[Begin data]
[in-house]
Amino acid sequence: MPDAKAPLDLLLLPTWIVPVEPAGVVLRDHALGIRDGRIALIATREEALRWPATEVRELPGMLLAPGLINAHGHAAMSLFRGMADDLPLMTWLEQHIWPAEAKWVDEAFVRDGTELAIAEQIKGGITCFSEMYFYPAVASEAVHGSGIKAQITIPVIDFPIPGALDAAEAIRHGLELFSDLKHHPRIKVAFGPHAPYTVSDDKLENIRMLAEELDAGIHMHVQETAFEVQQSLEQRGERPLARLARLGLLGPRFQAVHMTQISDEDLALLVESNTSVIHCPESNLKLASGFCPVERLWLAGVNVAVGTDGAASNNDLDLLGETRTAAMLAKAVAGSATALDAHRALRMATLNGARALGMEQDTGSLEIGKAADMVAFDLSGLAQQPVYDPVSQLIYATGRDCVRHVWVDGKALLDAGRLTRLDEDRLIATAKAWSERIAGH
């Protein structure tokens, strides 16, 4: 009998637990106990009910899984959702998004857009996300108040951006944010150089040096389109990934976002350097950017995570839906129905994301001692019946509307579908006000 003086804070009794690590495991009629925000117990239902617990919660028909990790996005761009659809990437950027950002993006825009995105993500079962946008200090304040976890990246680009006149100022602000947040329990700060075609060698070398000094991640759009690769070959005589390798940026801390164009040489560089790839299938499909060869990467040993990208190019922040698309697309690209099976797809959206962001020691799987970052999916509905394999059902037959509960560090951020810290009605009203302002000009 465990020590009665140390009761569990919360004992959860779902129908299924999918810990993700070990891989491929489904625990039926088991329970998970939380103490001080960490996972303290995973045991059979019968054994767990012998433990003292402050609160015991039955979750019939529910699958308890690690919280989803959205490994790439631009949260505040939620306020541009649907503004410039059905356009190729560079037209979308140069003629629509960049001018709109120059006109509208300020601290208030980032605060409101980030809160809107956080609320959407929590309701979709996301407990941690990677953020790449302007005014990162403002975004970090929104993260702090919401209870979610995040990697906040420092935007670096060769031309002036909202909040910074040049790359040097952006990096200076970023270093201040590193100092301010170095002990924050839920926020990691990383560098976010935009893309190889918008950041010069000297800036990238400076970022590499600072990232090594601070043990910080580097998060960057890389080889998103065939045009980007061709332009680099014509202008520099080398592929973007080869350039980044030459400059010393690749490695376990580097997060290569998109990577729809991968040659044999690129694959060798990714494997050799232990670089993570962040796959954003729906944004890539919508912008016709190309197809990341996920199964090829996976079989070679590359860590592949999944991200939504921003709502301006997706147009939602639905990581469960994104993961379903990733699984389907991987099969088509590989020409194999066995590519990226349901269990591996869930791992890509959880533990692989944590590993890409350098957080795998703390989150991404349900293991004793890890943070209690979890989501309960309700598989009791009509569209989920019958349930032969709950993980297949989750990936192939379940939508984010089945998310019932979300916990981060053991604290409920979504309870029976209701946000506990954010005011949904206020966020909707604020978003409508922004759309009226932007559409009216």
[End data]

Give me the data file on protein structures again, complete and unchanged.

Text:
[in-house]
Amino acid sequence: MPDAKAPLDLLLLPTWIVPVEPAGVVLRDHALGIRDGRIALIATREEALRWPATEVRELPGMLLAPGLINAHGHAAMSLFRGMADDLPLMTWLEQHIWPAEAKWVDEAFVRDGTELAIAEQIKGGITCFSEMYFYPAVASEAVHGSGIKAQITIPVIDFPIPGALDAAEAIRHGLELFSDLKHHPRIKVAFGPHAPYTVSDDKLENIRMLAEELDAGIHMHVQETAFEVQQSLEQRGERPLARLARLGLLGPRFQAVHMTQISDEDLALLVESNTSVIHCPESNLKLASGFCPVERLWLAGVNVAVGTDGAASNNDLDLLGETRTAAMLAKAVAGSATALDAHRALRMATLNGARALGMEQDTGSLEIGKAADMVAFDLSGLAQQPVYDPVSQLIYATGRDCVRHVWVDGKALLDAGRLTRLDEDRLIATAKAWSERIAGH
């Protein structure tokens, strides 16, 4: 009998637990106990009910899984959702998004857009996300108040951006944010150089040096389109990934976002350097950017995570839906129905994301001692019946509307579908006000 003086804070009794690590495991009629925000117990239902617990919660028909990790996005761009659809990437950027950002993006825009995105993500079962946008200090304040976890990246680009006149100022602000947040329990700060075609060698070398000094991640759009690769070959005589390798940026801390164009040489560089790839299938499909060869990467040993990208190019922040698309697309690209099976797809959206962001020691799987970052999916509905394999059902037959509960560090951020810290009605009203302002000009 465990020590009665140390009761569990919360004992959860779902129908299924999918810990993700070990891989491929489904625990039926088991329970998970939380103490001080960490996972303290995973045991059979019968054994767990012998433990003292402050609160015991039955979750019939529910699958308890690690919280989803959205490994790439631009949260505040939620306020541009649907503004410039059905356009190729560079037209979308140069003629629509960049001018709109120059006109509208300020601290208030980032605060409101980030809160809107956080609320959407929590309701979709996301407990941690990677953020790449302007005014990162403002975004970090929104993260702090919401209870979610995040990697906040420092935007670096060769031309002036909202909040910074040049790359040097952006990096200076970023270093201040590193100092301010170095002990924050839920926020990691990383560098976010935009893309190889918008950041010069000297800036990238400076970022590499600072990232090594601070043990910080580097998060960057890389080889998103065939045009980007061709332009680099014509202008520099080398592929973007080869350039980044030459400059010393690749490695376990580097997060290569998109990577729809991968040659044999690129694959060798990714494997050799232990670089993570962040796959954003729906944004890539919508912008016709190309197809990341996920199964090829996976079989070679590359860590592949999944991200939504921003709502301006997706147009939602639905990581469960994104993961379903990733699984389907991987099969088509590989020409194999066995590519990226349901269990591996869930791992890509959880533990692989944590590993890409350098957080795998703390989150991404349900293991004793890890943070209690979890989501309960309700598989009791009509569209989920019958349930032969709950993980297949989750990936192939379940939508984010089945998310019932979300916990981060053991604290409920979504309870029976209701946000506990954010005011949904206020966020909707604020978003409508922004759309009226932007559409009216």